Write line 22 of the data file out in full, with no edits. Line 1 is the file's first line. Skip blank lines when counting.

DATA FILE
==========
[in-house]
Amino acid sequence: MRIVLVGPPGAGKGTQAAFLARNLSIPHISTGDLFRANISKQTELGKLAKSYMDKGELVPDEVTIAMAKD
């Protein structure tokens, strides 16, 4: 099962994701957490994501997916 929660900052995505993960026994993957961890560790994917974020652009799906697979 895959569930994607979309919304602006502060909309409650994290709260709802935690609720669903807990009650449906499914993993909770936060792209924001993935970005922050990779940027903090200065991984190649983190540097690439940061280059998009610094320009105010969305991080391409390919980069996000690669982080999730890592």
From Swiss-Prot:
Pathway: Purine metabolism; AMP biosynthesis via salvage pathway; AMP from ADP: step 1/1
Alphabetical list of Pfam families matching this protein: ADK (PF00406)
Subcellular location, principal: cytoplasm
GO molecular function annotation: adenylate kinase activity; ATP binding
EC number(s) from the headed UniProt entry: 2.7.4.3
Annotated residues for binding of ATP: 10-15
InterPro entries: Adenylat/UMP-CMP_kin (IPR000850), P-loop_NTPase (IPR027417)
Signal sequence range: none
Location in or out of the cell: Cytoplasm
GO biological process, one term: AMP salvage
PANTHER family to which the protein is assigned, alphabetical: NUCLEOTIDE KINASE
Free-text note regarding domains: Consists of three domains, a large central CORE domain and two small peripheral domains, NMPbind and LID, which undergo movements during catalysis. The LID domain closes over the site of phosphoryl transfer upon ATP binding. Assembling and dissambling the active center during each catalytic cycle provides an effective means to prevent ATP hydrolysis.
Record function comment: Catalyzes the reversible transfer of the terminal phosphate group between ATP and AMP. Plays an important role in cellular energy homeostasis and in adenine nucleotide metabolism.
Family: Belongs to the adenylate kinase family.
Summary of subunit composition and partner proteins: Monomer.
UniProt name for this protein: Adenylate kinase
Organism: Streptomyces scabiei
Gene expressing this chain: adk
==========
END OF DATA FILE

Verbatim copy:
Gene expressing this chain: adk